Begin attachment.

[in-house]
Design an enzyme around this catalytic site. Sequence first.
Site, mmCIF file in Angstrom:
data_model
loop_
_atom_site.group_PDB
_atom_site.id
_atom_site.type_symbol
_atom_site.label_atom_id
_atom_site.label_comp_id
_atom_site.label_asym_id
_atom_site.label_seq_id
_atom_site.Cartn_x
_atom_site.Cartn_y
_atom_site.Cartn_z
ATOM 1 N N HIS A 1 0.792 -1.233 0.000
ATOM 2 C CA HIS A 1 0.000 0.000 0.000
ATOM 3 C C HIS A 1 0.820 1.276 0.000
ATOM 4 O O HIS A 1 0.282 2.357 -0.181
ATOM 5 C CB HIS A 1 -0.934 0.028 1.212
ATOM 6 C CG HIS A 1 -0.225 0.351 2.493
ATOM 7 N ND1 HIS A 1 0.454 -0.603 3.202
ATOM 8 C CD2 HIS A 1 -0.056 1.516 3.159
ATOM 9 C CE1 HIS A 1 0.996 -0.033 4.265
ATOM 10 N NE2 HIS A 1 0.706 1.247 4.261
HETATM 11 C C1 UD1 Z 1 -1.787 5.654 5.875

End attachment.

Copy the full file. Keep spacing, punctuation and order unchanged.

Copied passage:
[in-house]
Design an enzyme around this catalytic site. Sequence first.
Site, mmCIF file in Angstrom:
data_model
loop_
_atom_site.group_PDB
_atom_site.id
_atom_site.type_symbol
_atom_site.label_atom_id
_atom_site.label_comp_id
_atom_site.label_asym_id
_atom_site.label_seq_id
_atom_site.Cartn_x
_atom_site.Cartn_y
_atom_site.Cartn_z
ATOM 1 N N HIS A 1 0.792 -1.233 0.000
ATOM 2 C CA HIS A 1 0.000 0.000 0.000
ATOM 3 C C HIS A 1 0.820 1.276 0.000
ATOM 4 O O HIS A 1 0.282 2.357 -0.181
ATOM 5 C CB HIS A 1 -0.934 0.028 1.212
ATOM 6 C CG HIS A 1 -0.225 0.351 2.493
ATOM 7 N ND1 HIS A 1 0.454 -0.603 3.202
ATOM 8 C CD2 HIS A 1 -0.056 1.516 3.159
ATOM 9 C CE1 HIS A 1 0.996 -0.033 4.265
ATOM 10 N NE2 HIS A 1 0.706 1.247 4.261
HETATM 11 C C1 UD1 Z 1 -1.787 5.654 5.875